The Language Of Anglers

Anglers have their own languages. We make up words or phrases to describe situations we frequently encounter on the water. Some of these phrases are quite amusing, and some are too colorful to be used in print or online. Like regional dialects, they vary from location to location and even from boat to boat. Without further ado, here are some of our favorite angler idioms.

  • Bucket Sitter: Sometimes derogatory term for someone who fishes bait from the shore. “Look at those bucket sitters over there sitting on their buckets and drowning worms.”
  • Bait Chucker: Always derogatory term used by fly fishers to describe any other type of angler. “I think that bait chucker was jealous of my tweed cap.”
  • Mud Dart: A billfish that dies when released and sinks nose down, presumably to stick in the mud on the bottom of the ocean. “Keep hauling sailfish in the boat for photos, and you’re going to keep throwing back mud darts. ”
  • Damn Carp: A fish caught by an angler that is any species other than the intended target. “I thought it was a big largemouth, but it’s just a damn carp.”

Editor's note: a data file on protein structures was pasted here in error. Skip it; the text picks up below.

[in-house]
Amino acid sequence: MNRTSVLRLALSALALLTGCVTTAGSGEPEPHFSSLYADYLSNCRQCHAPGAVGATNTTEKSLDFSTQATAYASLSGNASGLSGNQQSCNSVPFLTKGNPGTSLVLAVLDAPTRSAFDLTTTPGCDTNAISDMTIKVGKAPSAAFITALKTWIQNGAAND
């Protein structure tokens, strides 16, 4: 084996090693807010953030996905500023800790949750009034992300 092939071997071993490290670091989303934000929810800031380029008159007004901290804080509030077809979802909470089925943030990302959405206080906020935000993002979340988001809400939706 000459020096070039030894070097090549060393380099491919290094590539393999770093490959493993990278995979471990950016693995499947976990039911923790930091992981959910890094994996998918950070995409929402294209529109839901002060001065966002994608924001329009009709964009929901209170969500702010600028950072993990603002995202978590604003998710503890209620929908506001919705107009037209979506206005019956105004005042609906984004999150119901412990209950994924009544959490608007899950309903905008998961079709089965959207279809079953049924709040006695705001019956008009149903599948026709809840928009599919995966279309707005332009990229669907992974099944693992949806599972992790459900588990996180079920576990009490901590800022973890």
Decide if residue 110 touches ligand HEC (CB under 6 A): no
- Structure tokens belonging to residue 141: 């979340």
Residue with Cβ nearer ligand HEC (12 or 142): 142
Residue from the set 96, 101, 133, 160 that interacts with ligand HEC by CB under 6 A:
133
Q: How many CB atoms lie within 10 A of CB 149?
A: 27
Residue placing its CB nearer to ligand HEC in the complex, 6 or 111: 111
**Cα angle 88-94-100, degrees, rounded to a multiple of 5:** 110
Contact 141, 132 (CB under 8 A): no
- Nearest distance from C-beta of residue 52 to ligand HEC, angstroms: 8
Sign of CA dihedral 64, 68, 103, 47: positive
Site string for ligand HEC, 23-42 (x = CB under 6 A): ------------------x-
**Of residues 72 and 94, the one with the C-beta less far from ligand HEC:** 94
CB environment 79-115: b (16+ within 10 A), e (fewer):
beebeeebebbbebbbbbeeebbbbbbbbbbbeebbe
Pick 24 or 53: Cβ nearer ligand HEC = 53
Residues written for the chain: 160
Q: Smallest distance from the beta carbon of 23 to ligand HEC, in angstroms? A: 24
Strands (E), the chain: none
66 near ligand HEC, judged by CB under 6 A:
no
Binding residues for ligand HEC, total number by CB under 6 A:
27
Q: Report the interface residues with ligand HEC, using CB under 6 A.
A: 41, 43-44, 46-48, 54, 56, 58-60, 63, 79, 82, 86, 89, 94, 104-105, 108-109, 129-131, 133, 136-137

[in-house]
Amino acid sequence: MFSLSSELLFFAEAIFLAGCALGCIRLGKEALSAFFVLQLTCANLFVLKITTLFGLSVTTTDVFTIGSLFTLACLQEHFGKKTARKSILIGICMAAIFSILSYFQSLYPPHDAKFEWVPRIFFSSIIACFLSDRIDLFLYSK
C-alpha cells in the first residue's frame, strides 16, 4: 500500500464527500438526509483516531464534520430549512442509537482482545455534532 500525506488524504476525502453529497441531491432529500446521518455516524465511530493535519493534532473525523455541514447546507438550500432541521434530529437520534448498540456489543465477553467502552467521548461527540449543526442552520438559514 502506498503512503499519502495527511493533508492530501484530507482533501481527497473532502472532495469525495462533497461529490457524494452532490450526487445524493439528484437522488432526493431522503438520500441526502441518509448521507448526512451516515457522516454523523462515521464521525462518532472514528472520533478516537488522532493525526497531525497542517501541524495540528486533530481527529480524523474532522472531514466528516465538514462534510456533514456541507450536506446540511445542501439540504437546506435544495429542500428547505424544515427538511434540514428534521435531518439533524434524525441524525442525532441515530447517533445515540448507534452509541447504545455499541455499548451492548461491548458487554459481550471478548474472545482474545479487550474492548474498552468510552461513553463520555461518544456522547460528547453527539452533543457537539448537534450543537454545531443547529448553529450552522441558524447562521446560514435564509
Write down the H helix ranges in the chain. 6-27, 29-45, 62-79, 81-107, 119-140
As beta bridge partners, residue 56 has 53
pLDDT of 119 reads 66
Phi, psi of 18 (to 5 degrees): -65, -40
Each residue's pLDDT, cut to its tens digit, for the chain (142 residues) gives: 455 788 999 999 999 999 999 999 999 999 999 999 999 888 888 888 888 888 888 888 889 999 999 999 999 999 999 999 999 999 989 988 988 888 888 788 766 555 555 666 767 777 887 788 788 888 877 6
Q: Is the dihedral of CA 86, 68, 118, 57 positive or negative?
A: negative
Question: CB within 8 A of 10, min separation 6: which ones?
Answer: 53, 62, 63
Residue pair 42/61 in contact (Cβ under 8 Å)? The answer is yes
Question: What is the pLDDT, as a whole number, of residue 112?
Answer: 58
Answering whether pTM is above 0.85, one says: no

• Reef Donkey: Derogatory term for greater amberjack. “We were drifting baits for kings, but all we caught were reef donkeys.”
  • Dink: Synonymous with peckerhead, a dink is a very small fish. “Look at this dink. It’s smaller than the plug it ate.”
  • Yahoo: Refers to anyone on the water other than the anglers in the group using the term. “We went to our honeyhole, but there were a bunch of yahoos already in it.”
  • Pellet Pig: Derogatory term for fish that reach large size because of a feeding program. “That yahoo thought he caught a trophy, but those pellet pigs are trained to eat hooks.”
  • Dreaded Frustrations: The downward spiral of being so flustered by your poor angling performance that you seemingly can’t do anything correctly. “I was slaying them until I hung my lure on the bottom. Then I broke my rod tip trying to get it loose and the dreaded frustrations set in. I couldn’t do anything right the rest of the day.”
  • Easy Release: A fish that shakes the hook right at the boat. Counts as half a fish in informal fishing competition. “Oh, well. Easy release. It was a little peckerhead, anyway.”
  • Leroy Jenkins: Derived from an Internet video game meme, this exclamation is used in kayak fishing when you race ahead of your fishing buddies to be the first one on the water. “Y’all can keep mucking around on the boat ramp. I’m going fishing! Leeeroooy Jenkiiins!”
  • Bank of Despair: The opposite of honeyhole, this is an area known for not producing fish. “Man, I wasted three hours over there pounding away on the bank of despair.”

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